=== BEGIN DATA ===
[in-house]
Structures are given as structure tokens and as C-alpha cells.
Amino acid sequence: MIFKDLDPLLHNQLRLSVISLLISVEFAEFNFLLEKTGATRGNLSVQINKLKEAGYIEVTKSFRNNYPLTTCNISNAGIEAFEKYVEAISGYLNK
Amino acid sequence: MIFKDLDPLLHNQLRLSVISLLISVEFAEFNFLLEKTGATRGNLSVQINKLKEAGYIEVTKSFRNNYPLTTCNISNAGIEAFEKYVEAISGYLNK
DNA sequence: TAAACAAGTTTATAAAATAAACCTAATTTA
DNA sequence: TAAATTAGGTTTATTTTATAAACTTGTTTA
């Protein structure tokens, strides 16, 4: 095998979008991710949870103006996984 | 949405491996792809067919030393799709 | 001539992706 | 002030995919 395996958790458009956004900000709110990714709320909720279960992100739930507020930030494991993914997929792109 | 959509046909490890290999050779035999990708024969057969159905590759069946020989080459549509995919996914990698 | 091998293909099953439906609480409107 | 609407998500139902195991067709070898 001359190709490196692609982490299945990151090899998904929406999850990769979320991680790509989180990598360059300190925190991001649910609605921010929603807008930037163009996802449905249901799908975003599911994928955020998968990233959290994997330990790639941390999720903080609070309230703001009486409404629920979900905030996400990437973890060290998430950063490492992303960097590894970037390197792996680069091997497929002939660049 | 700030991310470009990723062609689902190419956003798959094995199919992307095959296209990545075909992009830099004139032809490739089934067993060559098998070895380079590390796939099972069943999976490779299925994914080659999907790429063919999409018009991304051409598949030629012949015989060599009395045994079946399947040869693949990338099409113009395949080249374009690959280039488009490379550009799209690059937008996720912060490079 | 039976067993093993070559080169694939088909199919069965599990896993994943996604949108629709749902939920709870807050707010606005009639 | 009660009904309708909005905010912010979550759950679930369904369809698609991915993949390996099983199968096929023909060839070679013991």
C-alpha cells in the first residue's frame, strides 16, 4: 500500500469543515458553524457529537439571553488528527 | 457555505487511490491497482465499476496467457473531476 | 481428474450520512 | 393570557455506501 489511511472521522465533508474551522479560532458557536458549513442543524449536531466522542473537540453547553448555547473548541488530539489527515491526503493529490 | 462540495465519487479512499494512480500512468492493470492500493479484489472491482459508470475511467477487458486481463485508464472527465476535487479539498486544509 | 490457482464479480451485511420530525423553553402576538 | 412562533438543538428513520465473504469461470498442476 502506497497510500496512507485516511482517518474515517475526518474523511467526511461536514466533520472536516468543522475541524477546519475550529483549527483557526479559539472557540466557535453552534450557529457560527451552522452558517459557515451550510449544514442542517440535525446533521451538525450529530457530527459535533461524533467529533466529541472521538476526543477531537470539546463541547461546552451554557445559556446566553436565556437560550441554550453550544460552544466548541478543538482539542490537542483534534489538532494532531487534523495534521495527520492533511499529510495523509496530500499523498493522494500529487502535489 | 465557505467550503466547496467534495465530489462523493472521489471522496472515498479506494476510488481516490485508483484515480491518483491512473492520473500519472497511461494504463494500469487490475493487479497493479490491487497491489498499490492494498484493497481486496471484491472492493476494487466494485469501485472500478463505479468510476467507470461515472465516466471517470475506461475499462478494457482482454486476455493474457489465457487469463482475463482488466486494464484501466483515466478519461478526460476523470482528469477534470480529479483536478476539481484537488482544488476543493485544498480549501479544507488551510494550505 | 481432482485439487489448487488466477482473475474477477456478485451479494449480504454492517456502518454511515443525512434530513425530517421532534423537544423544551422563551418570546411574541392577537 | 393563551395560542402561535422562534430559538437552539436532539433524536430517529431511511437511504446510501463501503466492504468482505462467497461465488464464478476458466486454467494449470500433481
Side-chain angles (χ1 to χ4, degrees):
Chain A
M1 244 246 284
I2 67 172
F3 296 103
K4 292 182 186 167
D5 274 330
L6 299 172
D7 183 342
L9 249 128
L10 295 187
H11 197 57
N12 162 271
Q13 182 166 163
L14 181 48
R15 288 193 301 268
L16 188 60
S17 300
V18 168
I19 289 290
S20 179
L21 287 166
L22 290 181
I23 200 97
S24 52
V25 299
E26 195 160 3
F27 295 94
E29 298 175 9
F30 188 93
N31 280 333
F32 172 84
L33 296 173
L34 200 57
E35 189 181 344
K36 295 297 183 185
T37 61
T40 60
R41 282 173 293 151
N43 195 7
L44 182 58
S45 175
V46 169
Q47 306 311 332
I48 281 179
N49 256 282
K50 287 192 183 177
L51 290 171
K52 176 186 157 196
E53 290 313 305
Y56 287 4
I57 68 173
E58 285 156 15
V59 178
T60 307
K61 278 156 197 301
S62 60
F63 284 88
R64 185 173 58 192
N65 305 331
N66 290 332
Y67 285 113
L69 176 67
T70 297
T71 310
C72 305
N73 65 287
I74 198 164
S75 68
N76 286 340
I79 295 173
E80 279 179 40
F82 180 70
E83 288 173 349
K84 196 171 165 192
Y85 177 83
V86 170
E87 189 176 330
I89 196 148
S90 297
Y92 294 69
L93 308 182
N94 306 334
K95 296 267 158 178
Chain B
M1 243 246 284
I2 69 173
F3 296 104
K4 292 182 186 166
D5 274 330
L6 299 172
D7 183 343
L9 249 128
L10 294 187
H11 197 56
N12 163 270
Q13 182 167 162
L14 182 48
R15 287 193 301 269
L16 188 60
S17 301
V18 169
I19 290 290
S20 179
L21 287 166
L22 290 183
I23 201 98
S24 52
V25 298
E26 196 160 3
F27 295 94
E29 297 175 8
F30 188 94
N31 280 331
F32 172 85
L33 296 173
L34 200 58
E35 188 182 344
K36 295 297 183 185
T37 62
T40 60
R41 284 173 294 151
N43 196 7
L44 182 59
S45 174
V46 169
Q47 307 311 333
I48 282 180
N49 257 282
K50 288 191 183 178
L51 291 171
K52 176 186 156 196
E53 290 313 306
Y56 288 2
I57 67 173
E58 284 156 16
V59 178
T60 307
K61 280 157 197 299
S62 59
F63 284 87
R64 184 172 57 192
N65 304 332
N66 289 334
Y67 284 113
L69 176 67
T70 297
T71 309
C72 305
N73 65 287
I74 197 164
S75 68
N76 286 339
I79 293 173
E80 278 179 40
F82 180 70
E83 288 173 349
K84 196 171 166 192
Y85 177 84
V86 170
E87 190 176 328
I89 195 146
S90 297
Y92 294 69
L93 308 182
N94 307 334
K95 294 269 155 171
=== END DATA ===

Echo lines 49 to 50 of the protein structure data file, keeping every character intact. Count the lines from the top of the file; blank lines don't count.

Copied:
L44 182 58
S45 175